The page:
Children Suffer Because Of Overreaching Tobacco Policy

Some government agencies just don’t have their priorities straight and it makes life tough for everyone. Clare and Paul Baker in the U.K., applied to be foster parents but were rejected after Paul said he smoked two cigars in the previous 18 months.

Apparently, the Essex County Council had an archaic and overreaching policy that required short-term foster parents of children under five to be tobacco-free for 12 months. Paul, believing that he should be honest to the agency, mentioned that he had one cigar at his brother’s wedding and another one at an office party. He also said that he never smoked at home.

However, when Clare and Paul Baker were ten months into the year-long process, (hoping to take a young child into their home by Christmas) the Essex County Council told the couple that they were not eligible because of Paul’s smoking activity.

Since when did cigar smoking become an illicit activity? Tobacco is a legal product and should not be treated as an illegal drug. It’s simply bad public policy to do so. In this case, the health risks to the children are nil because it’s clear that Paul doesn’t smoke at home.It’s also clear that this type of government action will make law-abiding citizens distrustful of government agencies; encourage citizens to be dishonest, waste taxpayer money, and further disadvantage children who need homes.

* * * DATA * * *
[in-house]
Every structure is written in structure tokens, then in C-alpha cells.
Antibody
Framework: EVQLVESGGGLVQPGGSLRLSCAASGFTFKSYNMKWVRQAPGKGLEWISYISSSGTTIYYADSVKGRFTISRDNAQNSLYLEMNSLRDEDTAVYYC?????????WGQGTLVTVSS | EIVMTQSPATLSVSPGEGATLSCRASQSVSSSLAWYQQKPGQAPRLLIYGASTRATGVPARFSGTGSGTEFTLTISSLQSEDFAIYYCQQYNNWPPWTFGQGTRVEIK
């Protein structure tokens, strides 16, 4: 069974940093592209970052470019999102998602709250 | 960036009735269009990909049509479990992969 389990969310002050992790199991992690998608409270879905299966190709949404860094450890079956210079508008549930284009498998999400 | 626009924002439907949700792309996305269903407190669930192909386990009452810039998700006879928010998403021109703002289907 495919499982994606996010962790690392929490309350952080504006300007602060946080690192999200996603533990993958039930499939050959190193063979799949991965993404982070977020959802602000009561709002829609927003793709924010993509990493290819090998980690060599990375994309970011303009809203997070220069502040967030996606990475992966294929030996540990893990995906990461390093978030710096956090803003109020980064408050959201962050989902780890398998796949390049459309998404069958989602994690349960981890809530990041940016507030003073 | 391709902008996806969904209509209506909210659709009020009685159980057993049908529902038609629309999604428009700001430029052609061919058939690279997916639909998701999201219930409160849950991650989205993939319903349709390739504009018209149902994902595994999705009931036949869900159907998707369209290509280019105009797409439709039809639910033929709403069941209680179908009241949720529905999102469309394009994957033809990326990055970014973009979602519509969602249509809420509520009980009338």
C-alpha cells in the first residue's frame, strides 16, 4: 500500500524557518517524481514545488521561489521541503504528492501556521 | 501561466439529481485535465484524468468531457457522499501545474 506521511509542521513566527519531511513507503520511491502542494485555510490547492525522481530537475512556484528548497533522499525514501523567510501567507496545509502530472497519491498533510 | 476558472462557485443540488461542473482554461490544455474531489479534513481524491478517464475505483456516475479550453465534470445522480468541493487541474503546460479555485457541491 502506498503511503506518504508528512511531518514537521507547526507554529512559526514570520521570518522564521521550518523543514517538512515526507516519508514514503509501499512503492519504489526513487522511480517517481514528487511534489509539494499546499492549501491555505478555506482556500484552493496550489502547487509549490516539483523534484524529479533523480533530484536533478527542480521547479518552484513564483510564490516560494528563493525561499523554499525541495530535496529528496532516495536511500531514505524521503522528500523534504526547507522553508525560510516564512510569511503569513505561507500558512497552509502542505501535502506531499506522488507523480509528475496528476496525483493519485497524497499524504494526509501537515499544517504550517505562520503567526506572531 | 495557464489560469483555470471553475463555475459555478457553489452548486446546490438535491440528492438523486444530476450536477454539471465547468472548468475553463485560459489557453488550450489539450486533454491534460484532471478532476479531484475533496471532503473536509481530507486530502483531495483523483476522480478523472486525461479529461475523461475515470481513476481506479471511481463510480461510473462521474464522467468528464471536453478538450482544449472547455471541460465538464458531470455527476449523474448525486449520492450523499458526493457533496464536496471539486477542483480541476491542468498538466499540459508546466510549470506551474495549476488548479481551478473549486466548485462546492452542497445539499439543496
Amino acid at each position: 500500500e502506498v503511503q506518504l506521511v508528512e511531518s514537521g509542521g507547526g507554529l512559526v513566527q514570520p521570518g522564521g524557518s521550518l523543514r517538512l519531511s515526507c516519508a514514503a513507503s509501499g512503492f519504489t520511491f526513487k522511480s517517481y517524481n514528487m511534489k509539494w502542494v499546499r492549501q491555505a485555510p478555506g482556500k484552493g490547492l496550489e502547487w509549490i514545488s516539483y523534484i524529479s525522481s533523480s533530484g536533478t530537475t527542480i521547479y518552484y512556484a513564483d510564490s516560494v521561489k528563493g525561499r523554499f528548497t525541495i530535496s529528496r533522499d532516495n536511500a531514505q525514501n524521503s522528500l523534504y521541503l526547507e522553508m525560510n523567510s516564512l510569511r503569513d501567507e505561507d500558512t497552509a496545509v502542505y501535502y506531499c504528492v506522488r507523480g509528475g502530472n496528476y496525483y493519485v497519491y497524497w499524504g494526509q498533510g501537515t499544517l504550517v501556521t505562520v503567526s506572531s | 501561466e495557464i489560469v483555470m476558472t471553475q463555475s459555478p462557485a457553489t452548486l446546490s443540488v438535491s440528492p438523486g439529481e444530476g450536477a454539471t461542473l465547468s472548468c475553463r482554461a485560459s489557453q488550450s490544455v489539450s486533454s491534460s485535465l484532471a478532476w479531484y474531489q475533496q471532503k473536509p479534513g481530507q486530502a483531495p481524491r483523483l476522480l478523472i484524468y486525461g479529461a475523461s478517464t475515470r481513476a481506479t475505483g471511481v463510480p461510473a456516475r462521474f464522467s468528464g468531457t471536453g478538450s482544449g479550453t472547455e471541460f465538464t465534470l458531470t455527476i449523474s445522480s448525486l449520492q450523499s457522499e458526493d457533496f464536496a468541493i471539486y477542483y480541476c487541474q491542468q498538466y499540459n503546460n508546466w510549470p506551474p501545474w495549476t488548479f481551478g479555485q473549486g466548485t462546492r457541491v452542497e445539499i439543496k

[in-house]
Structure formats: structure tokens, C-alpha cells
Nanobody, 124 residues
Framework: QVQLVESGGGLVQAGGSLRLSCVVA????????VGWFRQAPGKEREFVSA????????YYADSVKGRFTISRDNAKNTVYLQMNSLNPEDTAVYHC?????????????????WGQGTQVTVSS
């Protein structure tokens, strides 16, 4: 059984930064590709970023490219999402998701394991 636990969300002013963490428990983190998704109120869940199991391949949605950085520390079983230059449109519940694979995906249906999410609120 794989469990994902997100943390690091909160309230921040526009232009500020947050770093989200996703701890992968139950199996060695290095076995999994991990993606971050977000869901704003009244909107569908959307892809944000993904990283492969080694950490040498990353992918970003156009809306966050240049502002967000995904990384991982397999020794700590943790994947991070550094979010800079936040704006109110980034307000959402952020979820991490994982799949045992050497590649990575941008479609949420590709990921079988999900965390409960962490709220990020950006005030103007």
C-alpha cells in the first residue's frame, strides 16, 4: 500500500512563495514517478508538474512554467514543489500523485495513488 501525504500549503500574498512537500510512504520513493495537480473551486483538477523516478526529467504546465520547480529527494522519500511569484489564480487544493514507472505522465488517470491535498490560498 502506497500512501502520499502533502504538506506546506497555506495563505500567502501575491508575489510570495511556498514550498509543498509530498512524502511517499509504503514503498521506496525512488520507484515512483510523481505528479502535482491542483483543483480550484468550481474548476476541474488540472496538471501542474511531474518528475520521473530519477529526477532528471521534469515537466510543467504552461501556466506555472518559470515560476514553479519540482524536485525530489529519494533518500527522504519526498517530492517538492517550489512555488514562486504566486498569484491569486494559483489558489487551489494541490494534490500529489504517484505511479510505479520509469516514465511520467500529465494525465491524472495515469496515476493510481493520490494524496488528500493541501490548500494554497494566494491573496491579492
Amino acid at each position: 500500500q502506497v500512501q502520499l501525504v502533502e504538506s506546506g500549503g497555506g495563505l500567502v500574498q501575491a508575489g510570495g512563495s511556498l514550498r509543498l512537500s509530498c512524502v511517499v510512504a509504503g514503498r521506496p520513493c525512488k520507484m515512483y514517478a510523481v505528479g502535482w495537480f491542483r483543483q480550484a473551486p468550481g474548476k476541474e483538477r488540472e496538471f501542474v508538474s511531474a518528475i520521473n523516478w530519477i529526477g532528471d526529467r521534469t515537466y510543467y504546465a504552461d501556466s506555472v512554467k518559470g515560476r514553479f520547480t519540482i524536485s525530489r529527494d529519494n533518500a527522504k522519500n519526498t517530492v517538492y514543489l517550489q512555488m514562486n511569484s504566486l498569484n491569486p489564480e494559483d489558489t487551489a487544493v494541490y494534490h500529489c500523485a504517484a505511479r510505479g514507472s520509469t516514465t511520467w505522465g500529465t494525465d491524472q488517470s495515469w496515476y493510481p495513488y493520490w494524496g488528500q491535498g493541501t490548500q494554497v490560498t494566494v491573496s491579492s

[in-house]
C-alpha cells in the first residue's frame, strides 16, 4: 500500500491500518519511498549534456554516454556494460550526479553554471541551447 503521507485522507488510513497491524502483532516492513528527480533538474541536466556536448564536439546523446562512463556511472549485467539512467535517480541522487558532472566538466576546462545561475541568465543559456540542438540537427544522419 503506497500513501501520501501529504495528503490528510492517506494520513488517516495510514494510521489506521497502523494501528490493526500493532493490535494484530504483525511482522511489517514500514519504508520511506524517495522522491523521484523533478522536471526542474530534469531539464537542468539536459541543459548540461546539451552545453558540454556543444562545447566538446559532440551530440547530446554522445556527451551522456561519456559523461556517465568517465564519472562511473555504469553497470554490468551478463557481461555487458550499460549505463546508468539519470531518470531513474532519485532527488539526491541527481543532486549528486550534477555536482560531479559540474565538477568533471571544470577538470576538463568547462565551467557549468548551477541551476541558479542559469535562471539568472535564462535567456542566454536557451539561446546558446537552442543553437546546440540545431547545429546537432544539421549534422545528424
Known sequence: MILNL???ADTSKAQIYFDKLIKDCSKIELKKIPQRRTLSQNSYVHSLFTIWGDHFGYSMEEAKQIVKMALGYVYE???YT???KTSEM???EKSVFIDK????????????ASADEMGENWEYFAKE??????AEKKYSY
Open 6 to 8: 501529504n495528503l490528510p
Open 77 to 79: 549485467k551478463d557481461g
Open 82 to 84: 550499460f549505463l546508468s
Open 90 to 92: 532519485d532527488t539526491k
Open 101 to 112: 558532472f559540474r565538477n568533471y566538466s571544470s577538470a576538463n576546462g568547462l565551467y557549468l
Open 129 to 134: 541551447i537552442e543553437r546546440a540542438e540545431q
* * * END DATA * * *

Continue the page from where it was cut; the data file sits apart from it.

Paul, who owns a Londonrecruitment agency, said: ‘I felt absolutely gutted. I regret saying I had a cigar but honest is how I have always been…It is ludicrous considering how many children need homes. When they have policies like that there is no hope of giving these children a chance.’

They are considering making a formal complaint to the council and say they no longer intend to foster children because they are so outraged at the way they were treated.

I hope that on this side of the pond, we won’t make the same types of mistakes. On a related note, it’s a crucial time for us cigar smokers, so please contact our senators to exempt Cigars from FDA regulation:


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